12 facts about preventing domestic cat predation

Here are 10 facts about the prevention of domestic cat predation on wildlife. If you can add some more (politely!) please comment.

Domestic cat predation
Domestic cat predation. Insects are on the menu! Image: Pixabay.
Two useful tags. Click either to see the articles: Toxic to cats | Dangers to cats
  1. We don’t know with certainly the full extent of domestic cat predation because all the studies are local with figures extrapolated for an entire country. These are good guesstimates but the numbers you see, for instance of 2.4 billion birds killed annually in the US, are probably more fiction than fact. The true figure is probably less than half that. It is a fact that ornithologists have an axe to grind. They max out the numbers to support the case for cat confinement which is entirely understandable.
  2. That said, cat predation on wildlife is a justifiable concern, particularly to ornithologists. Although preferring to protect birds over mice is speciesism.
  3. Birds are not at the top of the cat’s menu. Mice are. Birds are far harder to catch. Do cats eat deceased birds? Do you ever see a deceased bird lying on the ground?
  4. Most cat owners do not place the protection of wildlife high on their list of priorities as cat caregivers. They are more concerned with their cat’s safety when keeping cats indoors and they do this at least partly because of the distress and hassle they’ll have if their cat is hurt outside. This lack of will among the vast majority of the cat owning public is a barrier to preventing domestic cat predation.
  5. Many local-to-provincial authorities discuss laws to protect wildlife from being attacked by cats. The most common debate is keeping cats inside the confines of their owner’s property. Night time curfews are another option which pops up from time to time. Few if any enact laws to confine cats 24/7.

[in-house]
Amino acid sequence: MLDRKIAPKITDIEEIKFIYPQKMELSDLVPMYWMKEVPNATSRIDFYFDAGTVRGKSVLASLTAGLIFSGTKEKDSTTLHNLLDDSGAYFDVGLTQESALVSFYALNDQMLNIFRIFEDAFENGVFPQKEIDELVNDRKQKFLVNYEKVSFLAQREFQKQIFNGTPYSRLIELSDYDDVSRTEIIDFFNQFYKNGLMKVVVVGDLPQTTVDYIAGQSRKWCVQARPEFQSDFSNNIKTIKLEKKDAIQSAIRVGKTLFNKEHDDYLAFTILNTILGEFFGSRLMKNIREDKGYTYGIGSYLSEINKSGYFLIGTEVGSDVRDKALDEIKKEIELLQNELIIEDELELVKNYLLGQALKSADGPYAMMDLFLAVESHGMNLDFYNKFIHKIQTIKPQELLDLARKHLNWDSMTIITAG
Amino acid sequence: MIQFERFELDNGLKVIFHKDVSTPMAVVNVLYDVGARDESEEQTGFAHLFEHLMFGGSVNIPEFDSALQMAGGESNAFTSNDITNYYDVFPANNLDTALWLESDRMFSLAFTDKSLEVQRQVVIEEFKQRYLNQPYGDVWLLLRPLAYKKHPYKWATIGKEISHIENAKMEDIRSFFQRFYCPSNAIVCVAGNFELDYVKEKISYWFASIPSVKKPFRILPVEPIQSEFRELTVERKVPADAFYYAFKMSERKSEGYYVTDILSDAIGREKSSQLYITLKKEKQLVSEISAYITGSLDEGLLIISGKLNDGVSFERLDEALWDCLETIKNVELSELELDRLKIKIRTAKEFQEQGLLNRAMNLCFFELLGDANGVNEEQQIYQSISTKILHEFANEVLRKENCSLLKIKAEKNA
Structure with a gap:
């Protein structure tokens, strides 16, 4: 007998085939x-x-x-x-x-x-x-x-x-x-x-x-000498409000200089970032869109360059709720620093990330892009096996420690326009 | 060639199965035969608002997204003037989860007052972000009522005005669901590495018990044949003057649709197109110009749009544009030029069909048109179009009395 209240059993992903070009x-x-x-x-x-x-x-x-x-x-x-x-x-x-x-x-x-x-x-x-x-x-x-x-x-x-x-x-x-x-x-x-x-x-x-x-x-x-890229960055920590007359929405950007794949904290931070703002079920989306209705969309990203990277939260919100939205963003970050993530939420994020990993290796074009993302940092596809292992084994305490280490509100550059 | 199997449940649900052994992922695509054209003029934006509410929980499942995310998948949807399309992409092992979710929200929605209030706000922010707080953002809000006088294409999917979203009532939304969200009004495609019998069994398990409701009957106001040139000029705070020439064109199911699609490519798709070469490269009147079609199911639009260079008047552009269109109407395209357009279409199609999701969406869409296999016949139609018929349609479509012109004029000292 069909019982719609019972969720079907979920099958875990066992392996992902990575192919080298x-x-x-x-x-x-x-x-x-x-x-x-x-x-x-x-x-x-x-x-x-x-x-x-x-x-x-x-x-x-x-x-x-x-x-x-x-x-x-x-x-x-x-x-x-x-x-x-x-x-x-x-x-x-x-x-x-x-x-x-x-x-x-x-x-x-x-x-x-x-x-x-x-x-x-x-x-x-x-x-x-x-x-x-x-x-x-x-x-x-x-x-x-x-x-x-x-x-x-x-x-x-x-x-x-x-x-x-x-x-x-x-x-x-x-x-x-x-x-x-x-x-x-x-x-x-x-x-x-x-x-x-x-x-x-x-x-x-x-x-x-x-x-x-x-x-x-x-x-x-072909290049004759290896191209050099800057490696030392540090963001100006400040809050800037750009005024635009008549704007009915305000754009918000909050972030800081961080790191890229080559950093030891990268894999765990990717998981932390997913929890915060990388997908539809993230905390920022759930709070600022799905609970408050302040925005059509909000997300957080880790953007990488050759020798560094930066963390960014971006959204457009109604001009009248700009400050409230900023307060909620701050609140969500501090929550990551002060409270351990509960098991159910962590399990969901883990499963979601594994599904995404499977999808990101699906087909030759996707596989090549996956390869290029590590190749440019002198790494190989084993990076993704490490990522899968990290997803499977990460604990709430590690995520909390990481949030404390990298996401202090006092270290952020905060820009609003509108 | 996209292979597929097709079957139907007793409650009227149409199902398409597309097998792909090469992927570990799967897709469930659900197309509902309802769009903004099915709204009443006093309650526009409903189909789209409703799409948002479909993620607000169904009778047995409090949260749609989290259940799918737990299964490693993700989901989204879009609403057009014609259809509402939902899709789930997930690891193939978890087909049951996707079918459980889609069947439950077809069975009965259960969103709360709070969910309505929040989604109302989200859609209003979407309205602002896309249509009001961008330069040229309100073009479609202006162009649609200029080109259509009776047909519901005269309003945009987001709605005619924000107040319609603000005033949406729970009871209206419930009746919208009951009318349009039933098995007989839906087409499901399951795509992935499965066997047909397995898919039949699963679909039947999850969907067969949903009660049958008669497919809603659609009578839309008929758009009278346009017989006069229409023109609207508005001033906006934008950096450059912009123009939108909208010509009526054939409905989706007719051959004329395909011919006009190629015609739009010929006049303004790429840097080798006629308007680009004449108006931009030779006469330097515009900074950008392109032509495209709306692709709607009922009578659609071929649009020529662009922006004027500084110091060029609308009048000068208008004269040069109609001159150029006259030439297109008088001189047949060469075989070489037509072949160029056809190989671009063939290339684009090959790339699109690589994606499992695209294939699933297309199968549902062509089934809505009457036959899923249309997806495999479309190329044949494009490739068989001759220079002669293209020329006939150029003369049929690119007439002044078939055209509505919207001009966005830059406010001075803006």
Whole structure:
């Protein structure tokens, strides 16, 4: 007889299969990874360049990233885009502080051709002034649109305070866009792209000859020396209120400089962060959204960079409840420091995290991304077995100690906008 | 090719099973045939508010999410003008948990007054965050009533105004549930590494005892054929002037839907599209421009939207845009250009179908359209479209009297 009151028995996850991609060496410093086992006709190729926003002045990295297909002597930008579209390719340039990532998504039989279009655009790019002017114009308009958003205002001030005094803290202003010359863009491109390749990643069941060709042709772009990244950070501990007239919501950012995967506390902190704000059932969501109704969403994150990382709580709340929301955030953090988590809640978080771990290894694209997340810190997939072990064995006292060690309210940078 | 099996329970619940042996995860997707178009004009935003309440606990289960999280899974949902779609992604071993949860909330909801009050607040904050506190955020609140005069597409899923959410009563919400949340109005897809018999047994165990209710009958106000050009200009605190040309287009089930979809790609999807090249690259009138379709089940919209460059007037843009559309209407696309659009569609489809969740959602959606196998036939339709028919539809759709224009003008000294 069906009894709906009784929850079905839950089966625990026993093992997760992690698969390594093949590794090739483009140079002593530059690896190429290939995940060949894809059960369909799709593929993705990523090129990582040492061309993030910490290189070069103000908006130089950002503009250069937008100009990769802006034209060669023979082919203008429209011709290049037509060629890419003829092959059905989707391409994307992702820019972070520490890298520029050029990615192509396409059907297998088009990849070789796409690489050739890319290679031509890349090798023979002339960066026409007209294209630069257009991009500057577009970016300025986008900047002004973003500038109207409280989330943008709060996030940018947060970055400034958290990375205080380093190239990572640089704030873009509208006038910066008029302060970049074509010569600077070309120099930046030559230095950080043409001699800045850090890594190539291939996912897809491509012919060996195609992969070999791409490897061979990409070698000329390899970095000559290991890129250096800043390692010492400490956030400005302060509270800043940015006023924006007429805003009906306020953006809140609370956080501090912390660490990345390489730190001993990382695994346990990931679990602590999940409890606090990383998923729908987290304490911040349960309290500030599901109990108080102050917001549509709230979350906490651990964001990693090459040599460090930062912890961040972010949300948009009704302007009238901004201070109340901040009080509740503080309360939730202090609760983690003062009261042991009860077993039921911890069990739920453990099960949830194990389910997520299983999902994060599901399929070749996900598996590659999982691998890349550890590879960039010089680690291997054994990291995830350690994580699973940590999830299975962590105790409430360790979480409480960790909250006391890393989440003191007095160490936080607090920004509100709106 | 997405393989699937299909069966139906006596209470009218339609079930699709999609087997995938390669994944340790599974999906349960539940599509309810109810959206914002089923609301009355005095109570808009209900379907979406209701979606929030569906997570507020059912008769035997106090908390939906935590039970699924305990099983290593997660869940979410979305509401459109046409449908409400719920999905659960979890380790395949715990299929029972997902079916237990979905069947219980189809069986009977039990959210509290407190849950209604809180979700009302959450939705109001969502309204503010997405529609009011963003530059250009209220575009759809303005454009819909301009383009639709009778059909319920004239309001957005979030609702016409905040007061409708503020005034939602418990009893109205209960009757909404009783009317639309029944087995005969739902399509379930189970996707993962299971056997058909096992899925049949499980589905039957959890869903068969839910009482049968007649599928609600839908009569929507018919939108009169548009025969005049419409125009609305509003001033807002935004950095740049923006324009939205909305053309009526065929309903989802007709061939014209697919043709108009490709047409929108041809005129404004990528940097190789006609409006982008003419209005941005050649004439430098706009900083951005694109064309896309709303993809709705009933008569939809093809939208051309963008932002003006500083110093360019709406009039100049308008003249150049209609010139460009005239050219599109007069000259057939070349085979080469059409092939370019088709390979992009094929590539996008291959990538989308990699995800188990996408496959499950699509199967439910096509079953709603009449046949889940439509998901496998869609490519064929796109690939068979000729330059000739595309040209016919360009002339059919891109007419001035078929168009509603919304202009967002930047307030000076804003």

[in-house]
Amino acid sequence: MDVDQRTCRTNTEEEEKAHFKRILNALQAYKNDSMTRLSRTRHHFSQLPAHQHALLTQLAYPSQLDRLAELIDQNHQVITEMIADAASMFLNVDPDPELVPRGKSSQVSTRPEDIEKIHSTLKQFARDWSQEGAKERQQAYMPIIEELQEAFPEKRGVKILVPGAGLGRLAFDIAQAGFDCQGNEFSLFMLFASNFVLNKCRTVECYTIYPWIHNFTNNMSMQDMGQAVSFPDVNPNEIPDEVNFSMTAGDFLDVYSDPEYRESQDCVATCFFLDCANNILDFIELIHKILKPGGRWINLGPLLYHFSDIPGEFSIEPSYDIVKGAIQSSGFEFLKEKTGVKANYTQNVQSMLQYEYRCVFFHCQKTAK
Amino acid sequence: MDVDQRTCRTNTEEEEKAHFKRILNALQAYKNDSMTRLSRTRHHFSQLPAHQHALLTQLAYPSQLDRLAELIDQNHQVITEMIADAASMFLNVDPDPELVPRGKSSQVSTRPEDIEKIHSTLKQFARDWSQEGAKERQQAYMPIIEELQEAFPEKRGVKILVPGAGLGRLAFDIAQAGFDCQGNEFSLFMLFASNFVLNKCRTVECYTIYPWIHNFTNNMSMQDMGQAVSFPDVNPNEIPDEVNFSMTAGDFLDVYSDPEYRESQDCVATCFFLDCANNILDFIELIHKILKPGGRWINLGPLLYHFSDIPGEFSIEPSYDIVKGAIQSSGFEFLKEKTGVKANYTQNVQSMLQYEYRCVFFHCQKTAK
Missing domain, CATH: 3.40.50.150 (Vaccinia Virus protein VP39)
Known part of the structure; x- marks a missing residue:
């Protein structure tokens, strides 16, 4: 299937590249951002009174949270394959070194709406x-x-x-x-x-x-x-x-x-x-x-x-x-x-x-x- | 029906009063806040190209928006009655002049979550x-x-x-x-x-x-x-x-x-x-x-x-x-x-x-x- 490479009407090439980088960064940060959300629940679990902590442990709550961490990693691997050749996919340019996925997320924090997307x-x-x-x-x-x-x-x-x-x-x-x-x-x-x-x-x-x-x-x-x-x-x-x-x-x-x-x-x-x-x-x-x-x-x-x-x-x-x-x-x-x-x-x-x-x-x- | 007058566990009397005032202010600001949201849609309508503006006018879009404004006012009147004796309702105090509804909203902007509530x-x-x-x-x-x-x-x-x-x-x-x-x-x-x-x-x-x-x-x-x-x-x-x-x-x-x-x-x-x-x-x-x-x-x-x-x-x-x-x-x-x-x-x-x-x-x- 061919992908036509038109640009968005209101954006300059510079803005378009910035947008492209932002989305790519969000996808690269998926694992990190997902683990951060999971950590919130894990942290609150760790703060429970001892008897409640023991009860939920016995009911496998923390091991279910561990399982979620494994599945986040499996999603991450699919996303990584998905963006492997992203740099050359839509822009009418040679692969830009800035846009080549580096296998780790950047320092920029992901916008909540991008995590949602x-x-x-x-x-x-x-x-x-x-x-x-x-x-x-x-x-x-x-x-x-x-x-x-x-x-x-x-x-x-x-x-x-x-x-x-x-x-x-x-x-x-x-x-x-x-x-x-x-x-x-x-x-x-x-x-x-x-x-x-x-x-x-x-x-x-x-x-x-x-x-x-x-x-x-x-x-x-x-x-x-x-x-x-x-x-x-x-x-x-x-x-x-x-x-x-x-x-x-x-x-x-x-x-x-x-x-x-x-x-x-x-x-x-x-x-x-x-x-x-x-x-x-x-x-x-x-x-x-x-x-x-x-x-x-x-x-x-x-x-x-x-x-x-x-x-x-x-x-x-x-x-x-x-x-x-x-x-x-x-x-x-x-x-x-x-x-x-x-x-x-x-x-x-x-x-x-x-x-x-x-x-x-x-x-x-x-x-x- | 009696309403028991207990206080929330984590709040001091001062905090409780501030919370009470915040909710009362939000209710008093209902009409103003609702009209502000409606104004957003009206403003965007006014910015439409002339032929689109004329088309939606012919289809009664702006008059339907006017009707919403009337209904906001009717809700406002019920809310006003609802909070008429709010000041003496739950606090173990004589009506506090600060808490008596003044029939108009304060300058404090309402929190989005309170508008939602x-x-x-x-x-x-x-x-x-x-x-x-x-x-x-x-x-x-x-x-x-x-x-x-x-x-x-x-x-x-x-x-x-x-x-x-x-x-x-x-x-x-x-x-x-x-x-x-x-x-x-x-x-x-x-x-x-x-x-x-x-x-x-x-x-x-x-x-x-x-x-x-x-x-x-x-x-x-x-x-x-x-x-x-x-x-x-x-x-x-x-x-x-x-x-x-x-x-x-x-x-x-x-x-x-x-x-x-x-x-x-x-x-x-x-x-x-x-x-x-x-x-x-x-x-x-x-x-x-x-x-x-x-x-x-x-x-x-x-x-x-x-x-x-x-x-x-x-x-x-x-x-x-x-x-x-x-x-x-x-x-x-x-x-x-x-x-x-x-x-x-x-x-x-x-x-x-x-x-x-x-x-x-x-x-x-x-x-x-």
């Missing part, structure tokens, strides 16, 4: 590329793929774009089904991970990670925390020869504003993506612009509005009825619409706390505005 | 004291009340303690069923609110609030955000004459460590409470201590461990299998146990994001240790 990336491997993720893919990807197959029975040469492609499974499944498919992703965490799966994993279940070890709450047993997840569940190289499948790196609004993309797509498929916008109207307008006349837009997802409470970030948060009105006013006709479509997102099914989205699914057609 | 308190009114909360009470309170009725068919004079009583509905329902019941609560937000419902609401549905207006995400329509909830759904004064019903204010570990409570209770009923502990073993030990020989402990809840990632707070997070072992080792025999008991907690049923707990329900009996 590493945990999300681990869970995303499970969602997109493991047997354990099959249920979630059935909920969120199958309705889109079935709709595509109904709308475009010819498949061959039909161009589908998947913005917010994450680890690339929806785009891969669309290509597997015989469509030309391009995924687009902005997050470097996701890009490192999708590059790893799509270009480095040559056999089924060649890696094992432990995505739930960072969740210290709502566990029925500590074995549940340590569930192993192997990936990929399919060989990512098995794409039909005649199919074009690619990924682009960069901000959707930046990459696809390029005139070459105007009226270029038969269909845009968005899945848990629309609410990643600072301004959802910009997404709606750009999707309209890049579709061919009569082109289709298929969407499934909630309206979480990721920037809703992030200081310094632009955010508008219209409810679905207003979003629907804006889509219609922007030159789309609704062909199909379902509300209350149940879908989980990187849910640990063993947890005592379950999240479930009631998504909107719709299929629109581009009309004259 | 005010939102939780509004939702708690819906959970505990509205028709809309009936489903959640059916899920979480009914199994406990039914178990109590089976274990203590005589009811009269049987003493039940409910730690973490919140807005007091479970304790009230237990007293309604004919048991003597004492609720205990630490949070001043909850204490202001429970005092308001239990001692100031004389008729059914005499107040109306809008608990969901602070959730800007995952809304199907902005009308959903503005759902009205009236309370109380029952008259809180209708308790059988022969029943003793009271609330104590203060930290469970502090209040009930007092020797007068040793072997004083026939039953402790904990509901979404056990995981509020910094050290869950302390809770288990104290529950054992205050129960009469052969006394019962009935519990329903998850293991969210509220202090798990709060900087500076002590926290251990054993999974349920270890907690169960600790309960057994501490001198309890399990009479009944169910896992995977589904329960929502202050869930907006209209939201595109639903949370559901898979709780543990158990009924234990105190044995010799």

6. Brightly coloured cat collars are effective in protecting birds but not mammals such as mice because birds have excellent colour vision and they see the cats coming. Studies show that cats wearing these high-viz ‘ruffs’, as I’d call them, brought home less birds. They are available for purchase. Are they popular among cat caregivers? I have never seen them in use.
  7. Collars with bells are less effective in protecting wildlife because cats learn to modify their movements to prevent the bell from ringing.
  8. If you stop feeding birds with feeders you won’t attract them to your backyard (garden). This will save the lives of some birds.
  9. The same goes for squirrel feeders. Squirrels chuck their food onto the ground where birds feed on it. This endangers them to a cat attack. Stop feeding squirrels. Both these actions are hard to do for animal lovers. Many cat owners love animals. There is a conflict here.
  10. Reduce domestic cat hunting by feeding them grain-free food and playing with them.
  11. The country most concerned about domestic cat predation is Australia. In second place is America. The reason why Australia is so concerned is because they have a ‘feral cat problem’ which they have failed to deal with for hundreds of years. They are playing catchup without real success but with plenty of cruelty. And humans are killing so many wild animals in many ways such as extended human settlements they have to find a scapegoat!
  12. The only certain way of minimising domestic cat predation while giving cats as good a life as possible is to find a compromise. The accepted compromise is to confine cats to the home and a garden enclosure or catio. This is probably the future of domestic cats if we look far enough ahead.
Vigilante letter demanding that residents of a Canberra street lock up their cats or else
Image: ABC News.

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